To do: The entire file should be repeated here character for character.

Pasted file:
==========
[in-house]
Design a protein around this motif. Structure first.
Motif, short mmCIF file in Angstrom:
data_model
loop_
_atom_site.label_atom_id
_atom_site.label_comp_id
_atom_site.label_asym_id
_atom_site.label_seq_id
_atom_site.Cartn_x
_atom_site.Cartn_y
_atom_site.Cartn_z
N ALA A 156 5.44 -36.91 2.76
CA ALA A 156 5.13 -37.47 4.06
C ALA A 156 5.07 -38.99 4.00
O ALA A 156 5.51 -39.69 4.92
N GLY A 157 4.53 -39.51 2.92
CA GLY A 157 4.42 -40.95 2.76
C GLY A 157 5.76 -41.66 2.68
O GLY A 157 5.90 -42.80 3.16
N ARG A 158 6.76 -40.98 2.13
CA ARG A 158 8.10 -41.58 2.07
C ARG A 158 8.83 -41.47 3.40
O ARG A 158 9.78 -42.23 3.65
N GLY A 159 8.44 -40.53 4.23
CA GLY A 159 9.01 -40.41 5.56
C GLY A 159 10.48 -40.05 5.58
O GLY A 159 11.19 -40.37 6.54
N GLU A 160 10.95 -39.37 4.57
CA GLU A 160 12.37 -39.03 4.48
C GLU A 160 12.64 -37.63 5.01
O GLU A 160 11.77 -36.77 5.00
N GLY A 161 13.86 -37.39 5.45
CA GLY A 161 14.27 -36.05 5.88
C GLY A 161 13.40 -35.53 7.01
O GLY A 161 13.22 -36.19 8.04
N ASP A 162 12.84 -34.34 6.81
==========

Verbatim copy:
[in-house]
Design a protein around this motif. Structure first.
Motif, short mmCIF file in Angstrom:
data_model
loop_
_atom_site.label_atom_id
_atom_site.label_comp_id
_atom_site.label_asym_id
_atom_site.label_seq_id
_atom_site.Cartn_x
_atom_site.Cartn_y
_atom_site.Cartn_z
N ALA A 156 5.44 -36.91 2.76
CA ALA A 156 5.13 -37.47 4.06
C ALA A 156 5.07 -38.99 4.00
O ALA A 156 5.51 -39.69 4.92
N GLY A 157 4.53 -39.51 2.92
CA GLY A 157 4.42 -40.95 2.76
C GLY A 157 5.76 -41.66 2.68
O GLY A 157 5.90 -42.80 3.16
N ARG A 158 6.76 -40.98 2.13
CA ARG A 158 8.10 -41.58 2.07
C ARG A 158 8.83 -41.47 3.40
O ARG A 158 9.78 -42.23 3.65
N GLY A 159 8.44 -40.53 4.23
CA GLY A 159 9.01 -40.41 5.56
C GLY A 159 10.48 -40.05 5.58
O GLY A 159 11.19 -40.37 6.54
N GLU A 160 10.95 -39.37 4.57
CA GLU A 160 12.37 -39.03 4.48
C GLU A 160 12.64 -37.63 5.01
O GLU A 160 11.77 -36.77 5.00
N GLY A 161 13.86 -37.39 5.45
CA GLY A 161 14.27 -36.05 5.88
C GLY A 161 13.40 -35.53 7.01
O GLY A 161 13.22 -36.19 8.04
N ASP A 162 12.84 -34.34 6.81